Output per capita can rise more quickly that labor productivity if people simply work more hours. They will make more output without doing so in a more productive manner.
Output per capita is measured simply by taking a country’s output (measured by something like gross domestic product) and dividing it by the number of people in the country. By contrast, labor productivity looks at the number of hours that people work. It takes the country’s output and divides it not by the number of people in the country but by the number of hours worked by the people in the country.
Looking at these definitions, we can see how output per capita can grow faster than labor productivity. Let us imagine that people in a country simply start to work more hours or that more people in the country enter the labor force. In either case, the country will produce more output per person. However, the country will not really be more productive since the output for every hour worked has not gone up. Labor productivity will only rise if people start to work more efficiently or if they get technology that allows them to make more per hour.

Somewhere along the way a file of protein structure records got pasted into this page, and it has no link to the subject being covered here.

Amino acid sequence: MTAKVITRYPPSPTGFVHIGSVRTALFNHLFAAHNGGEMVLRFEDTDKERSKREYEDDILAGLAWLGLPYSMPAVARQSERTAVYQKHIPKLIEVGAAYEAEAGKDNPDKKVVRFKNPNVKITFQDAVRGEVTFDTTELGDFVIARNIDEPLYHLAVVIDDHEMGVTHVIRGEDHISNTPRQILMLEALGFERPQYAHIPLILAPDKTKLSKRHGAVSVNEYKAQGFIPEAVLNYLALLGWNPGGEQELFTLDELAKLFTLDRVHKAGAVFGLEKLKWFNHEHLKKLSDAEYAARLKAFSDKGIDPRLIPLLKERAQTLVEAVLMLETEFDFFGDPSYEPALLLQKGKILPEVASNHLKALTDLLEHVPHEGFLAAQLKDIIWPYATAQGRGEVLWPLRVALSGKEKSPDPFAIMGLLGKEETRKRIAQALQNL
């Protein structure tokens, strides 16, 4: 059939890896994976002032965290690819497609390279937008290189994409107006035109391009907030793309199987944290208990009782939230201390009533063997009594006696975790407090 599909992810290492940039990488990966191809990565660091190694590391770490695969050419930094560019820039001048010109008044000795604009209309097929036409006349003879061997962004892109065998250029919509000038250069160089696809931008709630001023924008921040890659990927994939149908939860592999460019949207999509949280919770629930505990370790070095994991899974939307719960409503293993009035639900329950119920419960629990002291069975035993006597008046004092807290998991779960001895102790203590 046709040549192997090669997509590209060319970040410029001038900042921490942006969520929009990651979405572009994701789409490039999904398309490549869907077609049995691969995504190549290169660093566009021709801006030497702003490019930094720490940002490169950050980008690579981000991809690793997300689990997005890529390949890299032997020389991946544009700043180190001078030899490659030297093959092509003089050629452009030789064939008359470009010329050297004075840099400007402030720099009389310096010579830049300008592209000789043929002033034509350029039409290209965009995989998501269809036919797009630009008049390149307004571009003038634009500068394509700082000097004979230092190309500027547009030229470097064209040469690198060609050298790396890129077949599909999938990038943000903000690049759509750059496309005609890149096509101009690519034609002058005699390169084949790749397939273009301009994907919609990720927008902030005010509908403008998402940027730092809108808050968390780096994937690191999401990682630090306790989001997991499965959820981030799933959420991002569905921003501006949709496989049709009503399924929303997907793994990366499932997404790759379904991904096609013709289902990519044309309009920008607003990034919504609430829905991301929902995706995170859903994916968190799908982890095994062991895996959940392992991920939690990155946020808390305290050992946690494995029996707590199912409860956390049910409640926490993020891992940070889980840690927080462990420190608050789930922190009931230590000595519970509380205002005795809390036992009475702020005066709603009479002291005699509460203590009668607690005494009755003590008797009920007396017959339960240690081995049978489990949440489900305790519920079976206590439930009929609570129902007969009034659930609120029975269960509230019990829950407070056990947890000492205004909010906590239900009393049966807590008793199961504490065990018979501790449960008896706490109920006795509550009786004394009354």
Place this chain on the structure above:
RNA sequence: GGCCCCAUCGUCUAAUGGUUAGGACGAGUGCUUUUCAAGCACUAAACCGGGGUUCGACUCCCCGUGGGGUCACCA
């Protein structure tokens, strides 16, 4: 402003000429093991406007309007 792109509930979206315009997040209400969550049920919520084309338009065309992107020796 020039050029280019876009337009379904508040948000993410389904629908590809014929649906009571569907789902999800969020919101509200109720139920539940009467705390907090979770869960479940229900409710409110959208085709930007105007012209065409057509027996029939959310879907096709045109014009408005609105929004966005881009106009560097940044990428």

Output per capita can rise, then, simply with effort. By contrast, labor productivity must rise through greater efficiency. This is why output per capita can rise even if labor productivity does not.